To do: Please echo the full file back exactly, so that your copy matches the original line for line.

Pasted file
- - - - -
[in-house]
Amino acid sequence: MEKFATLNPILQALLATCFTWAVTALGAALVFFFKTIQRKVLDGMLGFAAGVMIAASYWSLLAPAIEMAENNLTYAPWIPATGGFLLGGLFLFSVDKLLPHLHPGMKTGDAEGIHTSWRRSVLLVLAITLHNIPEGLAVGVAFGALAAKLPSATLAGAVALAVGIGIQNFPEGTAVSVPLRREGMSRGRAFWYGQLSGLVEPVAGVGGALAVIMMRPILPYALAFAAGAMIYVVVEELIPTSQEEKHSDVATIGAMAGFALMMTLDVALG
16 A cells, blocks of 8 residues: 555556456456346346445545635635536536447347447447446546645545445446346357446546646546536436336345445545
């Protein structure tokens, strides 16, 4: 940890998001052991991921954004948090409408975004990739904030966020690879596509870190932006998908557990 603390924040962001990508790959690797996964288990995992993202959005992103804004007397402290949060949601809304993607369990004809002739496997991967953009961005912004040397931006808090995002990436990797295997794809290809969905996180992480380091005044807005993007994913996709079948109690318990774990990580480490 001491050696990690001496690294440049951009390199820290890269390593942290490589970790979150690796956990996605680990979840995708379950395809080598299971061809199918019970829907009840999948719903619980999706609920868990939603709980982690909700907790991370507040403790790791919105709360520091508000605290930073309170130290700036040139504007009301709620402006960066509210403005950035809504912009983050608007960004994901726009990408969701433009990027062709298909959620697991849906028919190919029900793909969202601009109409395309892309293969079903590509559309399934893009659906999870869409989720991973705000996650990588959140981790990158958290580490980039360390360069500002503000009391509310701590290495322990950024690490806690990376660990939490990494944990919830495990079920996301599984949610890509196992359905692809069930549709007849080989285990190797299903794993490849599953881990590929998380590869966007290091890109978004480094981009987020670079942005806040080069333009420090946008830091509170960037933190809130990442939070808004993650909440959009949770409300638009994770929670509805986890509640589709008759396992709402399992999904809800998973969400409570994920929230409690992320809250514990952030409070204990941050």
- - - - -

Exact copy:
[in-house]
Amino acid sequence: MEKFATLNPILQALLATCFTWAVTALGAALVFFFKTIQRKVLDGMLGFAAGVMIAASYWSLLAPAIEMAENNLTYAPWIPATGGFLLGGLFLFSVDKLLPHLHPGMKTGDAEGIHTSWRRSVLLVLAITLHNIPEGLAVGVAFGALAAKLPSATLAGAVALAVGIGIQNFPEGTAVSVPLRREGMSRGRAFWYGQLSGLVEPVAGVGGALAVIMMRPILPYALAFAAGAMIYVVVEELIPTSQEEKHSDVATIGAMAGFALMMTLDVALG
16 A cells, blocks of 8 residues: 555556456456346346445545635635536536447347447447446546645545445446346357446546646546536436336345445545
């Protein structure tokens, strides 16, 4: 940890998001052991991921954004948090409408975004990739904030966020690879596509870190932006998908557990 603390924040962001990508790959690797996964288990995992993202959005992103804004007397402290949060949601809304993607369990004809002739496997991967953009961005912004040397931006808090995002990436990797295997794809290809969905996180992480380091005044807005993007994913996709079948109690318990774990990580480490 001491050696990690001496690294440049951009390199820290890269390593942290490589970790979150690796956990996605680990979840995708379950395809080598299971061809199918019970829907009840999948719903619980999706609920868990939603709980982690909700907790991370507040403790790791919105709360520091508000605290930073309170130290700036040139504007009301709620402006960066509210403005950035809504912009983050608007960004994901726009990408969701433009990027062709298909959620697991849906028919190919029900793909969202601009109409395309892309293969079903590509559309399934893009659906999870869409989720991973705000996650990588959140981790990158958290580490980039360390360069500002503000009391509310701590290495322990950024690490806690990376660990939490990494944990919830495990079920996301599984949610890509196992359905692809069930549709007849080989285990190797299903794993490849599953881990590929998380590869966007290091890109978004480094981009987020670079942005806040080069333009420090946008830091509170960037933190809130990442939070808004993650909440959009949770409300638009994770929670509805986890509640589709008759396992709402399992999904809800998973969400409570994920929230409690992320809250514990952030409070204990941050």